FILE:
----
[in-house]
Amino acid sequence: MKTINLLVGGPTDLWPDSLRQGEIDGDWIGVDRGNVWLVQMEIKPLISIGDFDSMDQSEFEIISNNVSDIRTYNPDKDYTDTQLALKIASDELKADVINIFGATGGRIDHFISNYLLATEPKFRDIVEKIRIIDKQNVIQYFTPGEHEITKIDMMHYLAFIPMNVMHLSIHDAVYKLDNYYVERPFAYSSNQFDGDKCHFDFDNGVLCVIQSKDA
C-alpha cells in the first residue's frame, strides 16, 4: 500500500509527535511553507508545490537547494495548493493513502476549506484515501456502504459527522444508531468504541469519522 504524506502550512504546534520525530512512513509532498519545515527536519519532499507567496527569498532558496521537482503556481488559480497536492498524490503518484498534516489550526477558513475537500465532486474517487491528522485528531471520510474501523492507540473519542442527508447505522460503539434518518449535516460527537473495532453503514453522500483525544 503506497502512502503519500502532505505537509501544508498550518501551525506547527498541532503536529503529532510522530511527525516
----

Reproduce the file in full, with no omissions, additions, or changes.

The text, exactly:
[in-house]
Amino acid sequence: MKTINLLVGGPTDLWPDSLRQGEIDGDWIGVDRGNVWLVQMEIKPLISIGDFDSMDQSEFEIISNNVSDIRTYNPDKDYTDTQLALKIASDELKADVINIFGATGGRIDHFISNYLLATEPKFRDIVEKIRIIDKQNVIQYFTPGEHEITKIDMMHYLAFIPMNVMHLSIHDAVYKLDNYYVERPFAYSSNQFDGDKCHFDFDNGVLCVIQSKDA
C-alpha cells in the first residue's frame, strides 16, 4: 500500500509527535511553507508545490537547494495548493493513502476549506484515501456502504459527522444508531468504541469519522 504524506502550512504546534520525530512512513509532498519545515527536519519532499507567496527569498532558496521537482503556481488559480497536492498524490503518484498534516489550526477558513475537500465532486474517487491528522485528531471520510474501523492507540473519542442527508447505522460503539434518518449535516460527537473495532453503514453522500483525544 503506497502512502503519500502532505505537509501544508498550518501551525506547527498541532503536529503529532510522530511527525516